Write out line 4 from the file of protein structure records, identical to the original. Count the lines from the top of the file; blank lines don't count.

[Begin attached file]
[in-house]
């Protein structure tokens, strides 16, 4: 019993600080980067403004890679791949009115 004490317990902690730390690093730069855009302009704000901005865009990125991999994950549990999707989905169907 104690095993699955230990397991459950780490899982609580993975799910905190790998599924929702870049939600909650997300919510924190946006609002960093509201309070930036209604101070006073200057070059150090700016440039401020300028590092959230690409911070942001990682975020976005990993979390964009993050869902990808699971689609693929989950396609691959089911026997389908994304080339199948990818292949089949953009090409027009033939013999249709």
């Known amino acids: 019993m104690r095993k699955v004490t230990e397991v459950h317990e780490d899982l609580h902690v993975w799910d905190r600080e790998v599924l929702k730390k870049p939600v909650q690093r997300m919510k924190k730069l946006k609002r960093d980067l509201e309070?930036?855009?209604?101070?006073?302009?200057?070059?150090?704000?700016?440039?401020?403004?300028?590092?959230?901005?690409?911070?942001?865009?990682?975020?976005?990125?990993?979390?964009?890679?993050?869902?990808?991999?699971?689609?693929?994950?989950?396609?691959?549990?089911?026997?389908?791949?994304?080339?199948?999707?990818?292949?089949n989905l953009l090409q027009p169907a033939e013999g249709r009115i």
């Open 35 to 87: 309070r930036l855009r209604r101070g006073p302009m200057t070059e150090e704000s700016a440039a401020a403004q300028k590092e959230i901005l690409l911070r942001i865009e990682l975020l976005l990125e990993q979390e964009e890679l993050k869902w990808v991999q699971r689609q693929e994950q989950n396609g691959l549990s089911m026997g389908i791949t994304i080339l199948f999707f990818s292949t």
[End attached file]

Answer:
């Open 35 to 87: 309070r930036l855009r209604r101070g006073p302009m200057t070059e150090e704000s700016a440039a401020a403004q300028k590092e959230i901005l690409l911070r942001i865009e990682l975020l976005l990125e990993q979390e964009e890679l993050k869902w990808v991999q699971r689609q693929e994950q989950n396609g691959l549990s089911m026997g389908i791949t994304i080339l199948f999707f990818s292949t």